Orcas in Whytecliff Park: What Do You Think?
July 12, 2017
What would you do?
For two swimmers enjoying a leisurely dip in the cool waters of Whytecliff Park in West Vancouver near Horseshoe Bay recently, a popular summer hotspot for locals and tourists alike, they barely had time to ask the question.
Stunning footage surfaced recently online of a small group of orca whales investigating what all the fuss is about with Whytecliff Park. Robin Leveille posted the video on instagram, and it starts innocently enough. Orcas aren’t unheard of this close to shore in West Vancouver, but it’s hard for the heart not to skip a beat when you see the two men scrambling onto the rocks as the huge orcas bear down on their location.
What would have happened if they hadn’t climbed out of the water? Well, I hesitate to use the word ‘escape’ – but that’s sure what it looks like. There has never been a documented report of an orca attacking a human in the wild.
But it only takes once.
Respecting the Orcas’ Natural Habitat
Here’s the thing – there’s nothing wrong with enjoying the natural amenities afforded to us here in coastal British Columbia, and places like Whytecliff certainly qualify. But when we dunk our heads beneath the waves of the pacific, make no mistake, we’re entering their territory. Their natural habitat, not ours.
So it’s not that surprising to see the orca whales of Whytecliff Park investigating these seal-heavy waters.
In the article linked to above, I will, however, disagree respectfully with the opinion of Lance Barrett-Lenard, head of the Vancouver Aquarium’s cetacean research department, when he surmises the orcas might have mistaken the swimmers for seals initially.
My take is that these transient orcas were reminding the human beings of the pecking order.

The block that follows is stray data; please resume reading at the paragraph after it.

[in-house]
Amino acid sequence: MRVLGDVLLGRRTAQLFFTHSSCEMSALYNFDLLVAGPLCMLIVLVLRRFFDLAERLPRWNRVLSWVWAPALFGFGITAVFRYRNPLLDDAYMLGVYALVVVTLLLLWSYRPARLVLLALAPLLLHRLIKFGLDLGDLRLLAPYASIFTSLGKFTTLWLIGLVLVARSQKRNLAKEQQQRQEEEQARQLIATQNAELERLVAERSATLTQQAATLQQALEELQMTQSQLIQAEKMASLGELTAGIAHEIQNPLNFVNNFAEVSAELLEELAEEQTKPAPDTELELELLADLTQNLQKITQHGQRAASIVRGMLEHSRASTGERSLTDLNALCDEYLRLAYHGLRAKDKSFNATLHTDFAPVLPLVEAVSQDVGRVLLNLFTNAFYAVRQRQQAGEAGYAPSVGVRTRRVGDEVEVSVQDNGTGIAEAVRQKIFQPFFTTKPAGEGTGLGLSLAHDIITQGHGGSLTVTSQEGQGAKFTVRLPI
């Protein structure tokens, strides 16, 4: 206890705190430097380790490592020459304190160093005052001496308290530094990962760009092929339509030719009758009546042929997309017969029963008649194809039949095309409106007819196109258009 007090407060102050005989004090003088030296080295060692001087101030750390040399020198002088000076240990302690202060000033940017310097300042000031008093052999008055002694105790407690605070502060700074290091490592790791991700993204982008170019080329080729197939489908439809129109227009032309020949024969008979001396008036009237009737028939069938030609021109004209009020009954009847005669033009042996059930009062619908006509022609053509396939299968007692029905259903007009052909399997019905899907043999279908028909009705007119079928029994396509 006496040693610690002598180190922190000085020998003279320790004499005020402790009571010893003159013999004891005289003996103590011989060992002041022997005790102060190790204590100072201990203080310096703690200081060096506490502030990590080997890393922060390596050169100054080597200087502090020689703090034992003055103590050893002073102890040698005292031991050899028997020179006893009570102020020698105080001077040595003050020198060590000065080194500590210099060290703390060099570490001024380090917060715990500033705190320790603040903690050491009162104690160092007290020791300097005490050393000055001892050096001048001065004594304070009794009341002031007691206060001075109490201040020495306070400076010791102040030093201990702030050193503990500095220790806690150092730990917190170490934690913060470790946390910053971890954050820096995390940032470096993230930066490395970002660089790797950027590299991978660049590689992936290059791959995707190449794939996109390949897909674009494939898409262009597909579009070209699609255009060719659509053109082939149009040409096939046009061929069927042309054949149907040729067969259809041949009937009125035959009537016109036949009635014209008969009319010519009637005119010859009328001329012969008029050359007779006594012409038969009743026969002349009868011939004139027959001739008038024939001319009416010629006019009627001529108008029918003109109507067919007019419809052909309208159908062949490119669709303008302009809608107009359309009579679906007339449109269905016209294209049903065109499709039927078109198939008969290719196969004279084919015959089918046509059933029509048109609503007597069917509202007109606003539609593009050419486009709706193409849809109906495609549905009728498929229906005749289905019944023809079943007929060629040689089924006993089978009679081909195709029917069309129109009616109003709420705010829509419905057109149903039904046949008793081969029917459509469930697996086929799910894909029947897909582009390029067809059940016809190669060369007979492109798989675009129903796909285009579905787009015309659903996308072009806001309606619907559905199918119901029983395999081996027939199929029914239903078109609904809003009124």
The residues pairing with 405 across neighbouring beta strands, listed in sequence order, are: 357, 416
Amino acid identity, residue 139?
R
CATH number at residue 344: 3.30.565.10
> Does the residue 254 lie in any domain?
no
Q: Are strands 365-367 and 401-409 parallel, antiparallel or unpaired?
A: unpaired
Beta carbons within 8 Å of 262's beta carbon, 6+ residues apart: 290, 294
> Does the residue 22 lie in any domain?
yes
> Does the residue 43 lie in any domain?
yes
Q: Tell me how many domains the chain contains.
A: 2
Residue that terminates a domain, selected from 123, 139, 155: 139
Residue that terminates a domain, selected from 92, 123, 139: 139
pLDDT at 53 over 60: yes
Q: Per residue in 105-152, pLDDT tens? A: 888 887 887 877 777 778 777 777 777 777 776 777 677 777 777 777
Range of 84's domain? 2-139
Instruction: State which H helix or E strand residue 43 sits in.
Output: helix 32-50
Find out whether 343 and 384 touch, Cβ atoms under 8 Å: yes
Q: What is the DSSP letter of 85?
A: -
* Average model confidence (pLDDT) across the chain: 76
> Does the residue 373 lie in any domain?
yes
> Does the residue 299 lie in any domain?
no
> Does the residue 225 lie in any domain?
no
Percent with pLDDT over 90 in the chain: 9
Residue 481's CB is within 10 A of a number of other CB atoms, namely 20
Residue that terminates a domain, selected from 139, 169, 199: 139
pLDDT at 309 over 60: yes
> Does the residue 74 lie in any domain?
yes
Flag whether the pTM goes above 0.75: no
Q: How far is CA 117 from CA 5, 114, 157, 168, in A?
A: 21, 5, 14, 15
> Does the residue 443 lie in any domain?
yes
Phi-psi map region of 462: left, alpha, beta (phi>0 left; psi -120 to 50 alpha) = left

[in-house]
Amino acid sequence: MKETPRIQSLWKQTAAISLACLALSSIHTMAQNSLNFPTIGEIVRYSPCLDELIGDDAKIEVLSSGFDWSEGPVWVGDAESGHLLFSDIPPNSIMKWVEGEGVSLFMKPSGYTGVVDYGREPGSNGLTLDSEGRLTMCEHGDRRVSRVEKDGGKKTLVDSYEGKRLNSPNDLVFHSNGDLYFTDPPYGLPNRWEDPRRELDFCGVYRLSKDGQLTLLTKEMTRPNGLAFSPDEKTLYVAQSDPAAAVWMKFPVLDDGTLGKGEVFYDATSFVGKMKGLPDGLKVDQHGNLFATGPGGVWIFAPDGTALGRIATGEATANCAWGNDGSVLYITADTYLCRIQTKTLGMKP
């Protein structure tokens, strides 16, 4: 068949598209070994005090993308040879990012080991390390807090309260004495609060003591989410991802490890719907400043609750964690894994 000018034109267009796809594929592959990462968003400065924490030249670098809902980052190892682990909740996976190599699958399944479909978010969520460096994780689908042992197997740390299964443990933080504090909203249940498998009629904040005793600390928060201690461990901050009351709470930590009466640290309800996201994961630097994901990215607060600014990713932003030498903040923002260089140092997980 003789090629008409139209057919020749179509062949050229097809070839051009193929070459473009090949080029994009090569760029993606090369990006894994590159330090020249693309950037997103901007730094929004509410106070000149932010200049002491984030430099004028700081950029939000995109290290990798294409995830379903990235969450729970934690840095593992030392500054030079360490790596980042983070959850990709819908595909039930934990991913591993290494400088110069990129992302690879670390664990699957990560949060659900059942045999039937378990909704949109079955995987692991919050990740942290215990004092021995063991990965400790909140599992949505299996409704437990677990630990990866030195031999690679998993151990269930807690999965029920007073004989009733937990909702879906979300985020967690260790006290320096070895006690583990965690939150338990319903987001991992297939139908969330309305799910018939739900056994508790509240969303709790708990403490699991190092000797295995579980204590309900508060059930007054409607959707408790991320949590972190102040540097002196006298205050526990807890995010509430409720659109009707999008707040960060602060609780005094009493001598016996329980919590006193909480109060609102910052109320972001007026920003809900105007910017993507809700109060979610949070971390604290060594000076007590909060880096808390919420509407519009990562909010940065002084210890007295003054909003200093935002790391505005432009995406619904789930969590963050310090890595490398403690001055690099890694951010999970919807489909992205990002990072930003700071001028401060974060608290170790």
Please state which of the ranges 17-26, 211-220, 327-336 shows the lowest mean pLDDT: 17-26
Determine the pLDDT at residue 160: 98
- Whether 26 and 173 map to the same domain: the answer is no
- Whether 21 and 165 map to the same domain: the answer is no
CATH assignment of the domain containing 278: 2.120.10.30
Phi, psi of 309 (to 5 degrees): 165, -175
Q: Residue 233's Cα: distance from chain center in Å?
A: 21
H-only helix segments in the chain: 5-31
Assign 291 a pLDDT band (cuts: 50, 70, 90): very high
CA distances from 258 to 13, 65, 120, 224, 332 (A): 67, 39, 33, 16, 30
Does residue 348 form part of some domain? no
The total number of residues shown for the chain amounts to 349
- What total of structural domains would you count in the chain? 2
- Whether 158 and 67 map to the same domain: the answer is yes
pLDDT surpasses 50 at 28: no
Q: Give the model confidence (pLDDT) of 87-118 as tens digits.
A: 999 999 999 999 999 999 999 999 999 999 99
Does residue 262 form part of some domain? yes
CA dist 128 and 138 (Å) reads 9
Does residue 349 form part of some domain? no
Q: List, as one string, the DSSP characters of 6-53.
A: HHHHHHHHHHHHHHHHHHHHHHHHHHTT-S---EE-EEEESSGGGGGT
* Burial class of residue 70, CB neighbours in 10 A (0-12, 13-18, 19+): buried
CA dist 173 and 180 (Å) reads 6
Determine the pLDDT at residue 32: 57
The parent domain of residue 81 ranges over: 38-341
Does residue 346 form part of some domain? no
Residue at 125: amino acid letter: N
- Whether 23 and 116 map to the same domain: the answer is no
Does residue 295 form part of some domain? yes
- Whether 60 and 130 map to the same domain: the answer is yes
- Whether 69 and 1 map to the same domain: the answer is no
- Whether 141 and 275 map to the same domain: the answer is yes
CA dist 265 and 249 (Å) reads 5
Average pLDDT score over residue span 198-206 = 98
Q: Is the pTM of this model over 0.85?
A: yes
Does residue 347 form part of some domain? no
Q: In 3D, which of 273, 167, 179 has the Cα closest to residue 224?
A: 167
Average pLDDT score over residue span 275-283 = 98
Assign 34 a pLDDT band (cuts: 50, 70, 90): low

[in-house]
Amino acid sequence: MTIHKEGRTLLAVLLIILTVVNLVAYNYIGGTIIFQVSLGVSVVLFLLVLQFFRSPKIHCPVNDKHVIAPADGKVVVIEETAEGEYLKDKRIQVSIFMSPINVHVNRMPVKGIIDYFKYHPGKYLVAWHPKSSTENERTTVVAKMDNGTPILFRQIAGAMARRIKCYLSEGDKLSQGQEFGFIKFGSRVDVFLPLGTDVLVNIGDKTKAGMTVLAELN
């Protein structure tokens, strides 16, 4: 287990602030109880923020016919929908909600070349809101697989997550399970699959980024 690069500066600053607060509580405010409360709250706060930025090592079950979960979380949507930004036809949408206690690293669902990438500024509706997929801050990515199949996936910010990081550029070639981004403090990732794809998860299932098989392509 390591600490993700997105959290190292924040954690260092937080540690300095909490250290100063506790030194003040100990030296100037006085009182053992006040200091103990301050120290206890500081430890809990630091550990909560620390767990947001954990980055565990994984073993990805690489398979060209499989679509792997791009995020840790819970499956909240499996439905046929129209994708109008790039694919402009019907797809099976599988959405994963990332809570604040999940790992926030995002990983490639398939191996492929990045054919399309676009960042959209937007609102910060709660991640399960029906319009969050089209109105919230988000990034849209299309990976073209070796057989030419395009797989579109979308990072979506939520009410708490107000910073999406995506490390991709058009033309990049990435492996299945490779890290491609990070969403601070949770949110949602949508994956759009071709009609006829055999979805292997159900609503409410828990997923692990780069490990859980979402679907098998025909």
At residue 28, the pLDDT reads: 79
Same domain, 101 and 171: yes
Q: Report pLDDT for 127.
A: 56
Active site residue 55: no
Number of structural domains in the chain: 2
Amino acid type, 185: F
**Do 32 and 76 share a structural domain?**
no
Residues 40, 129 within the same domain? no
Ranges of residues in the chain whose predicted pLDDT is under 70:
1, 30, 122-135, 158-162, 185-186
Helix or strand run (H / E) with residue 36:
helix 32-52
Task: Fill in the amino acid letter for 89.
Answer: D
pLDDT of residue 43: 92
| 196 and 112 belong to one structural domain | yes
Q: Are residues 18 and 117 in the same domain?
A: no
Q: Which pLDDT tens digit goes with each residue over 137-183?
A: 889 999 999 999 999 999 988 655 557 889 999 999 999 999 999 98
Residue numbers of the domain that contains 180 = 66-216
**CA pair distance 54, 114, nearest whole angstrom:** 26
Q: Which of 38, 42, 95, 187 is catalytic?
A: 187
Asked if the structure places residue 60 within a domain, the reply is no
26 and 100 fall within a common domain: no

But make no mistake, I’m a writer and a researcher, I don’t study orca whales for a living – I study the people who study orca whales. In any event it doesn’t what either of us think.
The Power of Orcas in the News
I choose to believe that there are corners of the planet where humans do not enjoy complete domination. I’m not an apologist for our spot on top of the food chain, but if the orca encounter in Whytecliff Park is any indication – and I choose to believe it is – then there are places where people ought to be extra careful and respectful of the natural order of things.
A natural order that’s been tested over the centuries, but a natural order nonetheless.
Regardless of what I think or what you think or the naturalists at Orca Spirit think, the swimmers removing themselves from the situation as quickly as possible was an exercise in precaution at worst, and self preservation at best. Our mission at Orca Spirit is to respectfully observe orca whales, sea lions, seals, birdlife and all the magnificent creatures that share the BC coast with us. Our zodiacs and cruisers are meticulous in their approach (literally) to orca observation, but it just goes to show that these animals aren’t more afraid of us than we are of them, as go the stories told by our parents when we were children.
No, if the orcas at Whytecliff Park have proved anything, it’s that the killer whale’s growing presence in the area proves they anything but afraid. Curious perhaps, ambivalent most likely.
But afraid? Not a chance. But that doesn’t mean we have to be afraid either.